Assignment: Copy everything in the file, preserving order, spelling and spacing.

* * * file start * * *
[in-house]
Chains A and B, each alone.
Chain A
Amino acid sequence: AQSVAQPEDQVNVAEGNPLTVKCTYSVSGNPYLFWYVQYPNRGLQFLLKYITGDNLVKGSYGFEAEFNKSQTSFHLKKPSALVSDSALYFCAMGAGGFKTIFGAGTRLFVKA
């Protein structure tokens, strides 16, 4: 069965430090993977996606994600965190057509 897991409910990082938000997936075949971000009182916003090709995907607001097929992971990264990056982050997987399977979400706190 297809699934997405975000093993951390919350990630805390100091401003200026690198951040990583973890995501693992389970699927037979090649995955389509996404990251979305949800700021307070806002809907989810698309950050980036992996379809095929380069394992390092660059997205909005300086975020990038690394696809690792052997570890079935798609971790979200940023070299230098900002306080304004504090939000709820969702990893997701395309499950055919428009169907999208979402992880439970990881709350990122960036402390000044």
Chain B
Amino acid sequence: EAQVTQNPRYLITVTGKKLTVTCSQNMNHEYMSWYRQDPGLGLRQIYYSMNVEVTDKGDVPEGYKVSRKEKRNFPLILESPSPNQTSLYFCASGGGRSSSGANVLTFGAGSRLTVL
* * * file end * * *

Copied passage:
[in-house]
Chains A and B, each alone.
Chain A
Amino acid sequence: AQSVAQPEDQVNVAEGNPLTVKCTYSVSGNPYLFWYVQYPNRGLQFLLKYITGDNLVKGSYGFEAEFNKSQTSFHLKKPSALVSDSALYFCAMGAGGFKTIFGAGTRLFVKA
């Protein structure tokens, strides 16, 4: 069965430090993977996606994600965190057509 897991409910990082938000997936075949971000009182916003090709995907607001097929992971990264990056982050997987399977979400706190 297809699934997405975000093993951390919350990630805390100091401003200026690198951040990583973890995501693992389970699927037979090649995955389509996404990251979305949800700021307070806002809907989810698309950050980036992996379809095929380069394992390092660059997205909005300086975020990038690394696809690792052997570890079935798609971790979200940023070299230098900002306080304004504090939000709820969702990893997701395309499950055919428009169907999208979402992880439970990881709350990122960036402390000044």
Chain B
Amino acid sequence: EAQVTQNPRYLITVTGKKLTVTCSQNMNHEYMSWYRQDPGLGLRQIYYSMNVEVTDKGDVPEGYKVSRKEKRNFPLILESPSPNQTSLYFCASGGGRSSSGANVLTFGAGSRLTVL